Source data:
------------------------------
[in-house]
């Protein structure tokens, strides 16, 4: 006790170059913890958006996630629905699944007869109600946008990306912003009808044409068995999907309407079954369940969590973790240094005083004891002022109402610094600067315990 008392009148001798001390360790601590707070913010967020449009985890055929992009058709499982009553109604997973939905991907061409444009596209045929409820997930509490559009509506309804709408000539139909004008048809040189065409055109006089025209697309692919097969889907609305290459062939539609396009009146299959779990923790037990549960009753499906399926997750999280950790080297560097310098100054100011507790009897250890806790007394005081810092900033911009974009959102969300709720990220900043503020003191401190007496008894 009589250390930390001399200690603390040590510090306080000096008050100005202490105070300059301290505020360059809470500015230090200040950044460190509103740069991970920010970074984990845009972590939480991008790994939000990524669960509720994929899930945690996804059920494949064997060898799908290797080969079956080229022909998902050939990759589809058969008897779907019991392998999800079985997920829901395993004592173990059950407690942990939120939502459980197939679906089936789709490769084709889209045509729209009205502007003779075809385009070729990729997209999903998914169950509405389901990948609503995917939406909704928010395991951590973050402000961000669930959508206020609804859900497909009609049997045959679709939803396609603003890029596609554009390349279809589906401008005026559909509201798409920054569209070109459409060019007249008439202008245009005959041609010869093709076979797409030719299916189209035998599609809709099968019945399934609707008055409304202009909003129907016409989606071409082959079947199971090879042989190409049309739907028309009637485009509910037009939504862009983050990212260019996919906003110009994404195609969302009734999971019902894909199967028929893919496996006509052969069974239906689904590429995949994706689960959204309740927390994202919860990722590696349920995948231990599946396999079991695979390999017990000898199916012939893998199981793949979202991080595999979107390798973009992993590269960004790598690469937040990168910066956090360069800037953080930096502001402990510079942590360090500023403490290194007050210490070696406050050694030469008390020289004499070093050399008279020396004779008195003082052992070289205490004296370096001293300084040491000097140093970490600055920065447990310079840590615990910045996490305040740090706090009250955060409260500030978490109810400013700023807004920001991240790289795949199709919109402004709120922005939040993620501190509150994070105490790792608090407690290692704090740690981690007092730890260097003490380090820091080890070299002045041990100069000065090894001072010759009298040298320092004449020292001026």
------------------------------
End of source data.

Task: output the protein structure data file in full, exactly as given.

[in-house]
């Protein structure tokens, strides 16, 4: 006790170059913890958006996630629905699944007869109600946008990306912003009808044409068995999907309407079954369940969590973790240094005083004891002022109402610094600067315990 008392009148001798001390360790601590707070913010967020449009985890055929992009058709499982009553109604997973939905991907061409444009596209045929409820997930509490559009509506309804709408000539139909004008048809040189065409055109006089025209697309692919097969889907609305290459062939539609396009009146299959779990923790037990549960009753499906399926997750999280950790080297560097310098100054100011507790009897250890806790007394005081810092900033911009974009959102969300709720990220900043503020003191401190007496008894 009589250390930390001399200690603390040590510090306080000096008050100005202490105070300059301290505020360059809470500015230090200040950044460190509103740069991970920010970074984990845009972590939480991008790994939000990524669960509720994929899930945690996804059920494949064997060898799908290797080969079956080229022909998902050939990759589809058969008897779907019991392998999800079985997920829901395993004592173990059950407690942990939120939502459980197939679906089936789709490769084709889209045509729209009205502007003779075809385009070729990729997209999903998914169950509405389901990948609503995917939406909704928010395991951590973050402000961000669930959508206020609804859900497909009609049997045959679709939803396609603003890029596609554009390349279809589906401008005026559909509201798409920054569209070109459409060019007249008439202008245009005959041609010869093709076979797409030719299916189209035998599609809709099968019945399934609707008055409304202009909003129907016409989606071409082959079947199971090879042989190409049309739907028309009637485009509910037009939504862009983050990212260019996919906003110009994404195609969302009734999971019902894909199967028929893919496996006509052969069974239906689904590429995949994706689960959204309740927390994202919860990722590696349920995948231990599946396999079991695979390999017990000898199916012939893998199981793949979202991080595999979107390798973009992993590269960004790598690469937040990168910066956090360069800037953080930096502001402990510079942590360090500023403490290194007050210490070696406050050694030469008390020289004499070093050399008279020396004779008195003082052992070289205490004296370096001293300084040491000097140093970490600055920065447990310079840590615990910045996490305040740090706090009250955060409260500030978490109810400013700023807004920001991240790289795949199709919109402004709120922005939040993620501190509150994070105490790792608090407690290692704090740690981690007092730890260097003490380090820091080890070299002045041990100069000065090894001072010759009298040298320092004449020292001026």